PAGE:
- In 2008 President Glenn Mroz initiated bringing Lean practices to Michigan Tech. A Lean consultant was brought in to help establish the process. After two years this engagement created a baseline group of Lean Implementation Staff.
- In 2009 the Manager of Process Improvement position was created to coordinate Lean Practices on campus.
- In 2011 a grant was received from the Federal Mediation and Conciliation Service to bring in more training. Two training groups were formed - Lean Facilitators and Lean Implementation Leaders.
- In Fiscal Year 2011-2012 the Office of Continuous Improvement began publishing an Annual Report covering information about the events that took place at Michigan Tech over the last year.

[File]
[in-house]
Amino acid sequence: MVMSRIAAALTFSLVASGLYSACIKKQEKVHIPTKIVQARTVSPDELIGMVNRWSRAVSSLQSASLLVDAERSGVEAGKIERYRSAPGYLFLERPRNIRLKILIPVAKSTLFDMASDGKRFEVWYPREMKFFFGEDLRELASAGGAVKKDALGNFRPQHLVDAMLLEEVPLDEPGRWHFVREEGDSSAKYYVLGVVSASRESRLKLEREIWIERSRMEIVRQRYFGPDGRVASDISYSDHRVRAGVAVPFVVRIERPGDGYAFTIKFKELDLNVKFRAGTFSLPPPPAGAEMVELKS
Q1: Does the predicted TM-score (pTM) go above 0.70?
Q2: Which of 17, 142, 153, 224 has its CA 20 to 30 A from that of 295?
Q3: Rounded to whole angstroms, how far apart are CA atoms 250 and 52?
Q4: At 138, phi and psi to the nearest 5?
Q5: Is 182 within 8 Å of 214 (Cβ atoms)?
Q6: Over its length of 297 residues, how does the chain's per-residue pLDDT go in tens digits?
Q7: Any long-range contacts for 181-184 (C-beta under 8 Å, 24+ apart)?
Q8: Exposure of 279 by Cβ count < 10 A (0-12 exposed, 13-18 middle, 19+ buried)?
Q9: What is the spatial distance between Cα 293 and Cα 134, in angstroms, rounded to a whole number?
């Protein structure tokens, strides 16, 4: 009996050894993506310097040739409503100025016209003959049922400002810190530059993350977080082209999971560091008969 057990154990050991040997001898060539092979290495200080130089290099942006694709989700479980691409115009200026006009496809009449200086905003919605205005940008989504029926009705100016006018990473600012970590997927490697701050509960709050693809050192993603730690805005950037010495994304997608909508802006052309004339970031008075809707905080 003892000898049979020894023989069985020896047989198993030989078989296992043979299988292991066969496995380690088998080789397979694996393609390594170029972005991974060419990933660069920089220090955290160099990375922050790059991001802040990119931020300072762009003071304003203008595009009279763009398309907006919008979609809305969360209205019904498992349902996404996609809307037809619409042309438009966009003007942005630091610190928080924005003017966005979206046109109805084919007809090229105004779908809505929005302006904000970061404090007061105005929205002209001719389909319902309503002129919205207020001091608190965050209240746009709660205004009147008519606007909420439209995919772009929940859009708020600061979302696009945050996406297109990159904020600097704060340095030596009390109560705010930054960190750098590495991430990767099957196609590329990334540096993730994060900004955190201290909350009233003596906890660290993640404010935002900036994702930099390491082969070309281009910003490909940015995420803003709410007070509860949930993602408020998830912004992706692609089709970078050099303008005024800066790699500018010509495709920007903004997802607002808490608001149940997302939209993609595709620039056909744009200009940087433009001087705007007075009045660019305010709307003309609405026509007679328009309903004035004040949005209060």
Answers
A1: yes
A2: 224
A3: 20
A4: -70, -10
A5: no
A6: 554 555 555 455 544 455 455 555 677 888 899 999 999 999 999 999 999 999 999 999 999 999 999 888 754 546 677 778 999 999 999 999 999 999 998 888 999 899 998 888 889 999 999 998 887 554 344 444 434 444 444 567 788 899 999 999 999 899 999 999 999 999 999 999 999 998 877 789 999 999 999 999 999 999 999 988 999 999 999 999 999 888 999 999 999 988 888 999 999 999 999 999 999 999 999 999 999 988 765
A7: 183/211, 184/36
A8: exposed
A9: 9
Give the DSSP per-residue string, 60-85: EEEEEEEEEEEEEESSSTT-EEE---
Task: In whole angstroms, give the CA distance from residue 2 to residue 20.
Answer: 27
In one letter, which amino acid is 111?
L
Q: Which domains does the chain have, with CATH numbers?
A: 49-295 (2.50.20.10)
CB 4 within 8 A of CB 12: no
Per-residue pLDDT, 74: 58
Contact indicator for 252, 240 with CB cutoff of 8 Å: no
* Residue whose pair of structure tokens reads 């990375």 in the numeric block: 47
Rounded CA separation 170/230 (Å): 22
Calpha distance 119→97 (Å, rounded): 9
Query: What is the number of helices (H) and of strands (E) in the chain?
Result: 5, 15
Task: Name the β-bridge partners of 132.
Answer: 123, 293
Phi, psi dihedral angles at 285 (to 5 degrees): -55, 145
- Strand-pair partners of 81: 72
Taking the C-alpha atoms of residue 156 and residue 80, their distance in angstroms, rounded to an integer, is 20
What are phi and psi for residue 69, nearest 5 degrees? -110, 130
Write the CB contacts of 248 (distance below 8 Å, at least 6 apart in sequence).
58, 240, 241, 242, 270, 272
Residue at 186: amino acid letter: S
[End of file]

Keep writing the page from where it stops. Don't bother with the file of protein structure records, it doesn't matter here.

- The Continuous Improvement blog began in March of 2011 as another way to share more stories of Continuous Improvement.
An Organization of Change
There are many degrees of change that can result in improvements within an organization. These degrees can be grouped into three categories
- Strategic Initiatives - University-wide change
- Improvement Events - Interdepartmental or benefit from a cross-functional team
- Individual Improvements - that each person makes day-to-day and moment-to-moment as new possibilities are revealed
One of Michigan Tech's strategic goals is to "attract, retain, and support a world-class and diverse faculty, staff, and student population." One way to do this is to continuously improve upon the day-to-day processes that allow our University to operate - whether in areas that directly serve our students, in behind-the-scenes functions that help us do our jobs, or in enhancing an environment where faculty, staff and students are fulfilled and motivated to seek new ways to innovate.
Through this process of identifying and improving, those of us in the Michigan Tech community can develop a problem-solving mindset that allows us to habitually, cooperatively, and rigorously strive for "perfection" in our work.